Family finds matriarch’s mementos amid condo collapse rubble

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Mike Noriega shows a birthday card, Saturday, June 26, 2021, in Surfside, Fla., relatives sent to his grandmother, Hilda Noriega, two weeks ago for her 92nd birthday. Hilda Noriega lives on the sixth floor of the Miami building that collapsed. (AP Photo/Joshua Goodman)

SURFSIDE, Fla. (AP) — When a father and son rushed to the site where a Florida condominium tower had collapsed, they hoped for any sign that their family’s 92-year-old matriarch, Hilda Noriega, had somehow survived.

Among the flying debris, they stumbled across mementos that bore witness to Noriega’s life on the sixth floor of the 12-story building known as Champlain Towers South: an old picture of her with her late husband and their infant son, and a birthday card that friends from her prayer group sent two weeks earlier with the acronym “ESM,” Spanish for “hand-delivered,” scrawled across the yellow envelope with a butterfly etching.

“There was a message in the mess of all this,” said Mike Noriega, who last spoke with his grandmother the day before the disaster. “It means not to give up hope. To have faith.”

The death toll from Thursday’s collapse of the beachfront condo building in Surfside has risen to nine, and authorities and loved ones fear the toll will go much higher. More than 150 people remained unaccounted for as of Sunday.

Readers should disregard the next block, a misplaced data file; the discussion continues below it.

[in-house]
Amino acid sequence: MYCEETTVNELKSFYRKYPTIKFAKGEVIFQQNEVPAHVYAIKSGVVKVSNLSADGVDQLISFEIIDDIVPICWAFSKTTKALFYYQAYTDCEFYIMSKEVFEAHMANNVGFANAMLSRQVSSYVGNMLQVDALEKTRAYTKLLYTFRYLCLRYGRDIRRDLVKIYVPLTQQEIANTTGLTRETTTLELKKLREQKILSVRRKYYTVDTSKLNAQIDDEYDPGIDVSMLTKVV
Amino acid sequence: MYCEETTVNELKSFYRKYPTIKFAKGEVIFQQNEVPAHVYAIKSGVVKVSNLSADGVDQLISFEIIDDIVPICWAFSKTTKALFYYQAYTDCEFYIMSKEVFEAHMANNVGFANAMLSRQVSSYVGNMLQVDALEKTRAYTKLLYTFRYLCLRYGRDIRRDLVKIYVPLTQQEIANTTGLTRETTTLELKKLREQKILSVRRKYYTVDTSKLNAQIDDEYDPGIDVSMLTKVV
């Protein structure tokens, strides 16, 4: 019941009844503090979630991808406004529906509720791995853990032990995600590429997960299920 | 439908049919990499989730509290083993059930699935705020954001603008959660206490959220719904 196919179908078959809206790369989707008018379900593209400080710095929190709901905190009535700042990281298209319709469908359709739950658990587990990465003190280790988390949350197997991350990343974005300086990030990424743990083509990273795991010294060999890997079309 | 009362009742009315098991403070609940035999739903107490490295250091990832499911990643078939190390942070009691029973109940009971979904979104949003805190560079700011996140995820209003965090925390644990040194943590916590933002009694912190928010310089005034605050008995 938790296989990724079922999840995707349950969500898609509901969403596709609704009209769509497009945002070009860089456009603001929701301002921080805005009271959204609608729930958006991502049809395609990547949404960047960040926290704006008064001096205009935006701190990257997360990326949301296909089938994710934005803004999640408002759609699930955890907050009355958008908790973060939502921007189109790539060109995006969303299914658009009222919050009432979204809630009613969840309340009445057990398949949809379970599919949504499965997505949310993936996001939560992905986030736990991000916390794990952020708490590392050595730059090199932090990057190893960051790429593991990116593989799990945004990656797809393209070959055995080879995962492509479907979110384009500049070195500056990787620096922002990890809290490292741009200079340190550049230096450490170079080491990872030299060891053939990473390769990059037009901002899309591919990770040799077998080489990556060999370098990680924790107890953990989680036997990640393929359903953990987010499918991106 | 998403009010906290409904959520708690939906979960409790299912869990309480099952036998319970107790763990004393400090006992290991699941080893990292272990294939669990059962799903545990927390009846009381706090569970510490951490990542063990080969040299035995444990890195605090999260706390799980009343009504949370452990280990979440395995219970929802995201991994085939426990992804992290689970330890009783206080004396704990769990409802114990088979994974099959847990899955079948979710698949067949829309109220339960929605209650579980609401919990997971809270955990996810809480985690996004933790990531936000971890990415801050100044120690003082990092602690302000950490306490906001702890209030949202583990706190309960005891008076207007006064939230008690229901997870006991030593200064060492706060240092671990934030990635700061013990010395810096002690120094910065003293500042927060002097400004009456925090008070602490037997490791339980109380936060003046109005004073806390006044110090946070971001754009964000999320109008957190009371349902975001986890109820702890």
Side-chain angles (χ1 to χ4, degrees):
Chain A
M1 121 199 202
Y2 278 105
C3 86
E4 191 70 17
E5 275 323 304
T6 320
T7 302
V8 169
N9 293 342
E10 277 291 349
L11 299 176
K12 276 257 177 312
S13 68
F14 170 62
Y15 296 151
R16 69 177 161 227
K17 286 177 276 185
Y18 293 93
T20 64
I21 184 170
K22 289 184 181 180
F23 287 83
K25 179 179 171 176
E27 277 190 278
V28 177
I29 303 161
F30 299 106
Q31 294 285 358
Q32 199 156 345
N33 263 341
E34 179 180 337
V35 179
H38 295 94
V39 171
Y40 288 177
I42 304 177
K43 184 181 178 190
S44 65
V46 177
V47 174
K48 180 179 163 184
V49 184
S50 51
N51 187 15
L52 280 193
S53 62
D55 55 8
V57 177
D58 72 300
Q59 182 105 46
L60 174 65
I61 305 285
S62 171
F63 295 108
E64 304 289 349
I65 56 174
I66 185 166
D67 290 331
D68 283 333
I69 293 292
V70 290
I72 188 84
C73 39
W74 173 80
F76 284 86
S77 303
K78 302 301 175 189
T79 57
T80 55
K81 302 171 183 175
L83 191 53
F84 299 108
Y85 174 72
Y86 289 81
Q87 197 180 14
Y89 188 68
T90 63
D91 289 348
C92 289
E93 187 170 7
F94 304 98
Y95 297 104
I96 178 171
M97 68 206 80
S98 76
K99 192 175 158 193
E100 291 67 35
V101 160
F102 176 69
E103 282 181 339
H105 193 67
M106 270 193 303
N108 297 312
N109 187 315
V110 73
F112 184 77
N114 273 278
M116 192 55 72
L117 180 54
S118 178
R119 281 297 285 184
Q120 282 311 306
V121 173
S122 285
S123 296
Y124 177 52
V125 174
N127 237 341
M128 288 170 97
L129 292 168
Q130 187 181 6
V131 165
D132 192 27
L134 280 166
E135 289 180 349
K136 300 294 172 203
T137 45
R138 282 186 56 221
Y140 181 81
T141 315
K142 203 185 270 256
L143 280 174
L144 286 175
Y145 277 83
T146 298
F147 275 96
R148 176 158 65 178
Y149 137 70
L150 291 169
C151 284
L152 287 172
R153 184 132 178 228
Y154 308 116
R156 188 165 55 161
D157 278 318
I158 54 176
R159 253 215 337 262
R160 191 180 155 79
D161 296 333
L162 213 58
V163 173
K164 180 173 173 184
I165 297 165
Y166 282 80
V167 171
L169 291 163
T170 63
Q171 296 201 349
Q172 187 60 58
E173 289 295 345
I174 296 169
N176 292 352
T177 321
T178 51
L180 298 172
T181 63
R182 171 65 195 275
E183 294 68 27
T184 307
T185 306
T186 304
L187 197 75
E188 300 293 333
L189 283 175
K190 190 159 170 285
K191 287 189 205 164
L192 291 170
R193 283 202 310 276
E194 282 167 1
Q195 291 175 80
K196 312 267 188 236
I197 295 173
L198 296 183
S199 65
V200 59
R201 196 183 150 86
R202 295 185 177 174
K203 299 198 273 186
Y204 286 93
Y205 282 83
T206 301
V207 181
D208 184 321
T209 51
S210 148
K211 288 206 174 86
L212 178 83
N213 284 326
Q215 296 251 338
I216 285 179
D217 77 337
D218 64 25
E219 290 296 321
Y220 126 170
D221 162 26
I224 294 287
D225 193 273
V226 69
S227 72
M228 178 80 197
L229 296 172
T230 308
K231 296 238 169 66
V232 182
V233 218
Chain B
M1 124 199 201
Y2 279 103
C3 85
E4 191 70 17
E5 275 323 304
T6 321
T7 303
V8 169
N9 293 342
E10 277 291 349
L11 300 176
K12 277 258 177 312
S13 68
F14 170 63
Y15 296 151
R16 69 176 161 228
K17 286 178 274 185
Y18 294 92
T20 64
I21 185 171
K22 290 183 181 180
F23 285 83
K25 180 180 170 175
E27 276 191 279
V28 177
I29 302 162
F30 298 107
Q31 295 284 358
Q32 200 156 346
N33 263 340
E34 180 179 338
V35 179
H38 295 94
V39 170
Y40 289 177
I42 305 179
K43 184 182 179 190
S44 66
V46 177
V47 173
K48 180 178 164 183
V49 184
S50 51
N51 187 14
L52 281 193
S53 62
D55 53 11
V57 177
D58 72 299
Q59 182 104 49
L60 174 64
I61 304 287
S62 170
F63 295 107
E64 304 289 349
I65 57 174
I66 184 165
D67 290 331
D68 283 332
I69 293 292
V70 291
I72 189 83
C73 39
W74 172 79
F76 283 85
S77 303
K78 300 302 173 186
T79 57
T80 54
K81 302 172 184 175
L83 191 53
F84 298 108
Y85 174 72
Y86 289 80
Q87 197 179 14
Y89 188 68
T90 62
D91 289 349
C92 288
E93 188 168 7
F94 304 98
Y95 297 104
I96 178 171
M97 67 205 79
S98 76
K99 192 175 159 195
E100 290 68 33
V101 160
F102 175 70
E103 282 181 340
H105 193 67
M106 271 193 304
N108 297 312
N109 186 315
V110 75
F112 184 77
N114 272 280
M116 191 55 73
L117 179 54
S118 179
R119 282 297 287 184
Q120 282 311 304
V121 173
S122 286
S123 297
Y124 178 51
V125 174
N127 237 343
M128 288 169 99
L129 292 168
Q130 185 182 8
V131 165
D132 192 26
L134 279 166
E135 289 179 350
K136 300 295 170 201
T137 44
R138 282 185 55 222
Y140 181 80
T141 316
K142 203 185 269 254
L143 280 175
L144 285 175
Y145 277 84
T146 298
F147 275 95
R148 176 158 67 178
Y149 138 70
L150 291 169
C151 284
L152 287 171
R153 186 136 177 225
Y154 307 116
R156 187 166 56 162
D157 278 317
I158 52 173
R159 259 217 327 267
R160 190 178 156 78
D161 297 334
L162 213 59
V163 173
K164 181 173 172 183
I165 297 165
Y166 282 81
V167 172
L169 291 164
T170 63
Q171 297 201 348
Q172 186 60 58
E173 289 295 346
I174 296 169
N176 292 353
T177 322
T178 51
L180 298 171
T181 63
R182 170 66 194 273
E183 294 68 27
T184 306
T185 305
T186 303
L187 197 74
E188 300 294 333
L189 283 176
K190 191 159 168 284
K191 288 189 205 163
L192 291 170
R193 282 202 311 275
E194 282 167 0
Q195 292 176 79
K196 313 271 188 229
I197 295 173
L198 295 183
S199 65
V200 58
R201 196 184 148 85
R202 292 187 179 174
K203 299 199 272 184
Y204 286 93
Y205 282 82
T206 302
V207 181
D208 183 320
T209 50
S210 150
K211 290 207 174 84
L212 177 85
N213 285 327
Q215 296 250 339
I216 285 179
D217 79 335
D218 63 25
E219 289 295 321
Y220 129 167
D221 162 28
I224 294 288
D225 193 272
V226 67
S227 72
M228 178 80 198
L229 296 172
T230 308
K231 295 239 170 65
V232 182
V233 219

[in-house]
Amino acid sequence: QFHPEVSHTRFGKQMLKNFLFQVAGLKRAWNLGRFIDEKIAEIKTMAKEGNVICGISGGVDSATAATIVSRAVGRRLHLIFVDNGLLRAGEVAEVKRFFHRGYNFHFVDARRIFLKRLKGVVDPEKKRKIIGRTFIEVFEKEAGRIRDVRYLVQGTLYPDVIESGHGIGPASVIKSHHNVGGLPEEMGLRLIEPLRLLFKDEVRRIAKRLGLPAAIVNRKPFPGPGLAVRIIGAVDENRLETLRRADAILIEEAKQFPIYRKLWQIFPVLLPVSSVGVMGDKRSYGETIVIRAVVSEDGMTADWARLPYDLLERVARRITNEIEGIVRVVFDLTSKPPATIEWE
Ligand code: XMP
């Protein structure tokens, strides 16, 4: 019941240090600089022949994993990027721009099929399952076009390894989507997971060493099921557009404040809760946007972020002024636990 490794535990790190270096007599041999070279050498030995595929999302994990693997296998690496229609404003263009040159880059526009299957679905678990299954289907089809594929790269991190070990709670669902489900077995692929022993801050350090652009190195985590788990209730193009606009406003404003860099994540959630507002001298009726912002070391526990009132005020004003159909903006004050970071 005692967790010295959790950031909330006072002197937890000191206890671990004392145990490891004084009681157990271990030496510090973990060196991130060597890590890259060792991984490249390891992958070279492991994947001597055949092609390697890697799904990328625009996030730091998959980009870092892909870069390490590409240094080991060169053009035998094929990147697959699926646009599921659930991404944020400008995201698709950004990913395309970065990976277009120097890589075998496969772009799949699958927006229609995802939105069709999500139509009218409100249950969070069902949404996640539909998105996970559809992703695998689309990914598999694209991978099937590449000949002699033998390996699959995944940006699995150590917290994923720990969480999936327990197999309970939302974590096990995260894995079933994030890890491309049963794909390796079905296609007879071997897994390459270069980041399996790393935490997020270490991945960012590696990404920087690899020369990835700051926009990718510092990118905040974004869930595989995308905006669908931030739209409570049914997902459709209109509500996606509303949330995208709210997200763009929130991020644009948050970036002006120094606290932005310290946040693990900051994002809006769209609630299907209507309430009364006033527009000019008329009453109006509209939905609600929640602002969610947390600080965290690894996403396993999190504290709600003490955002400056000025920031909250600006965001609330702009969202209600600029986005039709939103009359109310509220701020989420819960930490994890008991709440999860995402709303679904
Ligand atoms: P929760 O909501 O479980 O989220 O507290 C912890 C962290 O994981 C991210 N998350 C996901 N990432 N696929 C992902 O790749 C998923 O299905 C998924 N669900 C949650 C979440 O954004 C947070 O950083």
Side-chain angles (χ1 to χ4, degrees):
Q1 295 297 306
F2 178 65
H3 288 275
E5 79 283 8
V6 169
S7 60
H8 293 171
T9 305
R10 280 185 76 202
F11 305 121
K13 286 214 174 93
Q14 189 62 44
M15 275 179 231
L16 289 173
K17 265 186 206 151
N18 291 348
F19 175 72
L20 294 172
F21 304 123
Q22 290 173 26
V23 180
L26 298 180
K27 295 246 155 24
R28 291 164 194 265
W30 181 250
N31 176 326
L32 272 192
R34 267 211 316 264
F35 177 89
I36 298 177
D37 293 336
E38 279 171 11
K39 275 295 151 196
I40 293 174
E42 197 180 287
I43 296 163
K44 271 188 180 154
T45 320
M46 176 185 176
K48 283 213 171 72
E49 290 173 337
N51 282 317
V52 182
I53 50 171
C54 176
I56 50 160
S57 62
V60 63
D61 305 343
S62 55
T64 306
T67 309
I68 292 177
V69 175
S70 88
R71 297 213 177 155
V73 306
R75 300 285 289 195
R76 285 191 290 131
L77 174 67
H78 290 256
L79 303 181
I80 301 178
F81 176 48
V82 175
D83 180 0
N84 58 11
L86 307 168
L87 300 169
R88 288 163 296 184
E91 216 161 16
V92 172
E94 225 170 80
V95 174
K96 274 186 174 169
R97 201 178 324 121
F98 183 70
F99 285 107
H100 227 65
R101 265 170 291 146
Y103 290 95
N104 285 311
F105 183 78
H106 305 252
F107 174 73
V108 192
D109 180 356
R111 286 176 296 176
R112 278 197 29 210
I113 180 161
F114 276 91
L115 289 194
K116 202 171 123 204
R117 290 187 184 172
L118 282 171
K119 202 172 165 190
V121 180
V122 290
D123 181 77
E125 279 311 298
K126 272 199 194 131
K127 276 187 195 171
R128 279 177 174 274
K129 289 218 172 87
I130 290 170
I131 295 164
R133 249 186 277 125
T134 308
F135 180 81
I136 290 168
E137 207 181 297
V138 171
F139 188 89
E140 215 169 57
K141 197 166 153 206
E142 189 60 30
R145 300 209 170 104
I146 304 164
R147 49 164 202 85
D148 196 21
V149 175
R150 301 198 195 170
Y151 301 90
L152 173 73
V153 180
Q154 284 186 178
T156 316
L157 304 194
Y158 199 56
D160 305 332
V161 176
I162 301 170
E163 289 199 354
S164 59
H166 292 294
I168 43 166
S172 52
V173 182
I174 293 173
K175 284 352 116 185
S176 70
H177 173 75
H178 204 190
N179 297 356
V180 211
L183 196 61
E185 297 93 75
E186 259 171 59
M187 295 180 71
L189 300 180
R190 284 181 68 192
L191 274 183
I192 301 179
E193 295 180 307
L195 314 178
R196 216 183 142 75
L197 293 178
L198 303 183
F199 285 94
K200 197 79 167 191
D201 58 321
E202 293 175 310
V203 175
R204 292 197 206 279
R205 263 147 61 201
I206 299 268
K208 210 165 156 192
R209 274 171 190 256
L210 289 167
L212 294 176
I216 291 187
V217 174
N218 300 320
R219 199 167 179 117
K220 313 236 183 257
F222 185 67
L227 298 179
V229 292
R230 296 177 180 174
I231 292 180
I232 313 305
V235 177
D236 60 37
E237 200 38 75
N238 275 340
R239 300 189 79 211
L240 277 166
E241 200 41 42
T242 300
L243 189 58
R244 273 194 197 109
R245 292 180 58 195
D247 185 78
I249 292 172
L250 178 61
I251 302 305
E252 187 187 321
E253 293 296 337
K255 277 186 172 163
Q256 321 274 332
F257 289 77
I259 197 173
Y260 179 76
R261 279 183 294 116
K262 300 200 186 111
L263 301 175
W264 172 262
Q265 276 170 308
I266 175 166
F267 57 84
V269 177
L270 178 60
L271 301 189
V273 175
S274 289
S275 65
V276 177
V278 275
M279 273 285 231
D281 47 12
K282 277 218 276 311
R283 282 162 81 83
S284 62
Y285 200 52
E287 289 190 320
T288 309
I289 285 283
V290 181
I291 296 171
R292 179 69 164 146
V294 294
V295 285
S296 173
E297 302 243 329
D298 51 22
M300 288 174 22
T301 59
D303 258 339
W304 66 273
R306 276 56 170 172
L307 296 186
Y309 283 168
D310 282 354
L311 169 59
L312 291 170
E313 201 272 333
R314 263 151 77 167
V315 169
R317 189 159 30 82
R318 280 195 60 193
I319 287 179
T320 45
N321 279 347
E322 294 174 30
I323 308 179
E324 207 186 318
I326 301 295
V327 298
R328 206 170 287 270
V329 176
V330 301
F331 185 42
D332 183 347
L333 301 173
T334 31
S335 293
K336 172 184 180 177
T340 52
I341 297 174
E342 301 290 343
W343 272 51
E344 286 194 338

The Noriega family described Hilda as a fiercely independent and vivacious retiree — in Mike’s words, “the youngest 92-year-old I know … 92 going on 62.”

Hilda Noriega had called Champlain Towers South home for more than 20 years. But six years after her husband’s death, she was ready to leave. The condo was for sale, and she planned to move in with family.

She loved living near the ocean and friends, but “when you lose a spouse, you want to be surrounded by family … and she wanted to spend more time with her family and grandchildren,” said Sally Noriega, Hilda’s daughter-in-law.

Hilda Noriega was a loving person who built a life with her husband and raised a family after coming to the U.S. from Cuba in 1960, her daughter-in-law said.

“She was just one of those people who from the first time she met a person she instantly loved that person, and that person instantly loved her,” Sally said.

Carlos Noriega, Hilda’s son and police chief of nearby North Bay Village, was one of the emergency responders atop the pile.

The Noriegas don’t entirely know what to make of the treasured mementos found amid the chaos, but Sally said: “We are a family of faith. We’ll just leave it at that.”

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